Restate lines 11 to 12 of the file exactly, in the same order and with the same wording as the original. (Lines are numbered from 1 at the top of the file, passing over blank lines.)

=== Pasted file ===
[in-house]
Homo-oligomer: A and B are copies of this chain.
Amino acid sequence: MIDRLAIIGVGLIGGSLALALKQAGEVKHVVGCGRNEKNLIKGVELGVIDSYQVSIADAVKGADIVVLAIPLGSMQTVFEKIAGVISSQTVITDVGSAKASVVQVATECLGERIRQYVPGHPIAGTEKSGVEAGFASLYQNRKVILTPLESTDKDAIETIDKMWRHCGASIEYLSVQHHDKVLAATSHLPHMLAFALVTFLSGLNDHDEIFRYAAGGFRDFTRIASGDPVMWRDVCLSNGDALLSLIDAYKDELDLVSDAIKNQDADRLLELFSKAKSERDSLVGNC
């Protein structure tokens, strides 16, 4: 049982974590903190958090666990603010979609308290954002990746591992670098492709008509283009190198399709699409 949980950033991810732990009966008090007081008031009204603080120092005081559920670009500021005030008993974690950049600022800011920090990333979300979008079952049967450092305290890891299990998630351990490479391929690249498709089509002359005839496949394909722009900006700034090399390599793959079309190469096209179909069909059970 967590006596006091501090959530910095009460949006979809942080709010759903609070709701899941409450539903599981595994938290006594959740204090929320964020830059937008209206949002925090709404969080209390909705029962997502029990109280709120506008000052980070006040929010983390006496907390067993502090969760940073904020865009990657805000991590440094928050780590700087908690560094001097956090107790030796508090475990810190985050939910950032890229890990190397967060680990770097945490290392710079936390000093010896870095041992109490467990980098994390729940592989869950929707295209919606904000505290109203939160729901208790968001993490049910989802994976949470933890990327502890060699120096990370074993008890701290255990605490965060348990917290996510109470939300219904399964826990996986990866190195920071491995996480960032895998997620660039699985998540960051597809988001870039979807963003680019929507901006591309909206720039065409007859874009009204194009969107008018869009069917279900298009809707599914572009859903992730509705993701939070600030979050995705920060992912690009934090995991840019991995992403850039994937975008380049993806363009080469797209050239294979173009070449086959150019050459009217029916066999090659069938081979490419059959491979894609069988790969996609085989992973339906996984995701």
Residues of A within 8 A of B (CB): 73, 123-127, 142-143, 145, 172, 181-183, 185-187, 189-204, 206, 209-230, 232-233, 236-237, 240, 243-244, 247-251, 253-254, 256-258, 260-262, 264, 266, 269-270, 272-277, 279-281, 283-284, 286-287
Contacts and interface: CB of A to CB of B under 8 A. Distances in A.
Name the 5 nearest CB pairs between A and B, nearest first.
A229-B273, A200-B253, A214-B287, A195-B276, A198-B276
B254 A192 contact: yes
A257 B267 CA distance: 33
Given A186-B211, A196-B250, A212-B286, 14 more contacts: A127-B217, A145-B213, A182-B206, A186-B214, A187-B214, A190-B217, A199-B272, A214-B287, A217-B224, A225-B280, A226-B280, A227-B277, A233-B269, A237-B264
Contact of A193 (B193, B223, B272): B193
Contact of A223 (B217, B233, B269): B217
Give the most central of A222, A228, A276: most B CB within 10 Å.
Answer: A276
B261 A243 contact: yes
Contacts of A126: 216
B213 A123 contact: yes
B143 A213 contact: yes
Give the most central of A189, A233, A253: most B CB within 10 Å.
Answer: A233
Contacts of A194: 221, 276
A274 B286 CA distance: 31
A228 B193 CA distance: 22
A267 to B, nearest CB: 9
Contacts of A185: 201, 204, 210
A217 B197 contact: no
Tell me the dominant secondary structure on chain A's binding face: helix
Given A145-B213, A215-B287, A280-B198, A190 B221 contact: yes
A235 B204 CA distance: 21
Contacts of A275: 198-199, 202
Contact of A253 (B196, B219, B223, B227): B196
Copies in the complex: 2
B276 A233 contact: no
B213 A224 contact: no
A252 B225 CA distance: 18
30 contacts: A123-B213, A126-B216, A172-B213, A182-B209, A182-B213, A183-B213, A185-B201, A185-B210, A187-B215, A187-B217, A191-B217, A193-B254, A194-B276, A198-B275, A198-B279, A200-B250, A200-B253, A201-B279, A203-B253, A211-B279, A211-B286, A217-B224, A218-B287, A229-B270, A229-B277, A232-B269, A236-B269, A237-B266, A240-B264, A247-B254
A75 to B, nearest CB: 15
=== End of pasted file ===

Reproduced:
Given A186-B211, A196-B250, A212-B286, 14 more contacts: A127-B217, A145-B213, A182-B206, A186-B214, A187-B214, A190-B217, A199-B272, A214-B287, A217-B224, A225-B280, A226-B280, A227-B277, A233-B269, A237-B264
Contact of A193 (B193, B223, B272): B193